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Why Retention is Critical in Talent Management

CI Summit panel spoke eloquently about finding qualified employees … not so much about how to keep keep top talent.

Daniel Newman

Last week at the CI Summit I had a great opportunity to sit in on a panel led by CI’s very own Tom LeBlanc on talent acquisition.

The overarching purpose of the panel was to discuss how to attract a younger, more technical demographic into the audiovisual industry; a task that isn’t for the faint of heart.

See, the AV industry lost its sex appeal sometime in the 70’s when the entire identity of AV became associated with some pimple faced nerd pushing a 9mm projector down the dark dank halls of your local high school. And even though the technology has become far cooler, the stereotypes associated with AV have been slow to fade away.

So how does an AV integrator attract top talent?

The presentation that came from Rob Simopolous at Advance Technology was interesting. He has a firm that goes beyond just AV and actually does physical security and other low voltage projects. However, his problems with talent acquisition were the same.

In order to combat his challenges he went programmatic. Knowing that most integration companies are small, which makes for somewhat minimal growth opportunities, Simopolous discussed how he turned to more or less a management training program approach.

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His employees were hired to do a specific job, but would come in and learn the entire business by spending time in each department before being placed into their full time role.

In addition to the job rotation and management training, Simopolous also built his rapport with local schools to bring interns and new employees into the fold. He felt that this type of connection was a great way to get younger talent to see the potential for a role in integration before coming out of school.

Attraction is Important, But Retention is the X Factor

From an overall industry standpoint and for a company that has less than 100 employees, I commend Advance Technology for what they are doing. I felt that it was innovative. However, one thing I think may be even more important than how we attract young and highly qualified talent, is how we keep them.

So what can companies do to keep the best talent?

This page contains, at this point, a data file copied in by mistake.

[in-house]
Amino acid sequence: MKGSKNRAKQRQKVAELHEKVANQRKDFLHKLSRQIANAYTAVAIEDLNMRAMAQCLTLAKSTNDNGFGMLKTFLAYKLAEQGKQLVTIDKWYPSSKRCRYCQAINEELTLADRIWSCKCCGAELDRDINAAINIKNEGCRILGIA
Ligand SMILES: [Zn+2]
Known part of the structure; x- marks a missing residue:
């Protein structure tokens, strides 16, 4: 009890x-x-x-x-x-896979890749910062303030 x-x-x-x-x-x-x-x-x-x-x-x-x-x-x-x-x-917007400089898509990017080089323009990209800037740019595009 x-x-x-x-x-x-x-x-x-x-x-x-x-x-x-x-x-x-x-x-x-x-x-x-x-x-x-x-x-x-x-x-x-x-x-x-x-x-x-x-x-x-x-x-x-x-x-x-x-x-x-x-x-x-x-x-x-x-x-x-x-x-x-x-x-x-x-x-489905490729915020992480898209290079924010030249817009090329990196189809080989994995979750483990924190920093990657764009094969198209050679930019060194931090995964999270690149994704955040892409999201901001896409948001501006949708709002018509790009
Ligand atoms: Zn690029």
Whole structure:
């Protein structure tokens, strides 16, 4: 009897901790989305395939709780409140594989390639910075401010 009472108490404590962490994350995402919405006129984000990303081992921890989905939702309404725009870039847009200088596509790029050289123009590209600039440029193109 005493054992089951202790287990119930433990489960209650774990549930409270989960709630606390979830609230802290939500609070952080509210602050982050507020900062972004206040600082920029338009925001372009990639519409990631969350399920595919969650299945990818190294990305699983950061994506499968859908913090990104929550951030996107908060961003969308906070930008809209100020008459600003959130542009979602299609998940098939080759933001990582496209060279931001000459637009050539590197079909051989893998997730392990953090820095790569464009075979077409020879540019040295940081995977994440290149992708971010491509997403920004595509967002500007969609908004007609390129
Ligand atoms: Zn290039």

With industry research pointing to the fact that employee turnover can be a multiplier of the employee’s annual salary, keeping your top talent should be on the top of the list for any business.

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With the jobs situation in the market still somewhat challenging, I contend that getting young talent interested in integration isn’t as hard as you think. However, I would suggest that keeping that talent interested and engaged would be.

One thing that Advance Technology was on a good track with was their development of job training and rotation. What happens in many small companies is that we bring someone in and we put them in that role. Their exposure to the company is limited and their prospects for growth are perhaps even more so.

In AV this happens often with programmers and technicians. They are put out in the field and they learn a task, but quickly their career path becomes stifled.

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Keeping employees can often be difficult when they don’t see any upward mobility and when they also find themselves disconnected from the business vision this just amplifies the problem.

For integrators, it is important to think about how to keep employees engaged. How can you continue to educate them and put them in positions for growth even if your company is only 10 or 20 employees?

While the answers aren’t obvious, I believe the keys are consistent engagement, feedback and opportunities to expand. Smaller businesses can offer an intimacy with their employees that can be attractive and the fact that you can change directions and stay agile is also a unique differentiator that can keep entrepreneurial young talent excited about what the company is doing.

So yes… acquiring great talent matters, but let me ask you this. How do you keep it?

About the Author

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I am a principal analyst of Futurum Research and CEO of Broadsuite Media Group. I spend my time researching, analyzing and providing the world’s best and brightest companies with insights as to how digital transformation, disruption, innovation and the experience economy are changing how business is done. Bringing together the technology layer with the human layer, I seek to solve the biggest challenges that companies have today; how to grow, scale, change and adapt to a world where technology and media shift at breakneck speed. So what does this mean? It means that I spend my life learning about what drives people to adopt new technology so I can share those secrets with companies that are ready to take their business to the next level. From keynoting on the world’s largest stages to weekly insights on Forbes, MarketWatch and our owned media properties, my goal is to provide our clients with what they need to know to out innovate and turn disruption from threat, into a business model for success.

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